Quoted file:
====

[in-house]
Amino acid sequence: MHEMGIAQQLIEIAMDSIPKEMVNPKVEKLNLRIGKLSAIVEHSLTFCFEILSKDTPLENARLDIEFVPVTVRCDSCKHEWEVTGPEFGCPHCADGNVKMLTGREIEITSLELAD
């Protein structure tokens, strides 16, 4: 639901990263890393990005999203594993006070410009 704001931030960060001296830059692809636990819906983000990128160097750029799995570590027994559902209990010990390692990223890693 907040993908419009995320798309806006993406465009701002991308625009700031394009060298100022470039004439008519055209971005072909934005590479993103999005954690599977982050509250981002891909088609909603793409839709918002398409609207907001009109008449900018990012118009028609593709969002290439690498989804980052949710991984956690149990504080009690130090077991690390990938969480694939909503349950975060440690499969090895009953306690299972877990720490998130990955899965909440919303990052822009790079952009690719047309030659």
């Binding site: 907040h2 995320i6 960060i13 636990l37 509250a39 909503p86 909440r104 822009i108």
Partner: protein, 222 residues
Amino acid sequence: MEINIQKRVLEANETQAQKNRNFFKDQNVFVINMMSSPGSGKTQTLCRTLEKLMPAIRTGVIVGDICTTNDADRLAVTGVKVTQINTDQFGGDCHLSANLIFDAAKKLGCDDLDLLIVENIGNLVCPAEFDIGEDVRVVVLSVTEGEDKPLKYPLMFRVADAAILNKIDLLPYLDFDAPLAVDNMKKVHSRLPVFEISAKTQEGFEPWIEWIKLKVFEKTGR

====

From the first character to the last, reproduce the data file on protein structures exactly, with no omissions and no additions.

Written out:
[in-house]
Amino acid sequence: MHEMGIAQQLIEIAMDSIPKEMVNPKVEKLNLRIGKLSAIVEHSLTFCFEILSKDTPLENARLDIEFVPVTVRCDSCKHEWEVTGPEFGCPHCADGNVKMLTGREIEITSLELAD
């Protein structure tokens, strides 16, 4: 639901990263890393990005999203594993006070410009 704001931030960060001296830059692809636990819906983000990128160097750029799995570590027994559902209990010990390692990223890693 907040993908419009995320798309806006993406465009701002991308625009700031394009060298100022470039004439008519055209971005072909934005590479993103999005954690599977982050509250981002891909088609909603793409839709918002398409609207907001009109008449900018990012118009028609593709969002290439690498989804980052949710991984956690149990504080009690130090077991690390990938969480694939909503349950975060440690499969090895009953306690299972877990720490998130990955899965909440919303990052822009790079952009690719047309030659």
């Binding site: 907040h2 995320i6 960060i13 636990l37 509250a39 909503p86 909440r104 822009i108």
Partner: protein, 222 residues
Amino acid sequence: MEINIQKRVLEANETQAQKNRNFFKDQNVFVINMMSSPGSGKTQTLCRTLEKLMPAIRTGVIVGDICTTNDADRLAVTGVKVTQINTDQFGGDCHLSANLIFDAAKKLGCDDLDLLIVENIGNLVCPAEFDIGEDVRVVVLSVTEGEDKPLKYPLMFRVADAAILNKIDLLPYLDFDAPLAVDNMKKVHSRLPVFEISAKTQEGFEPWIEWIKLKVFEKTGR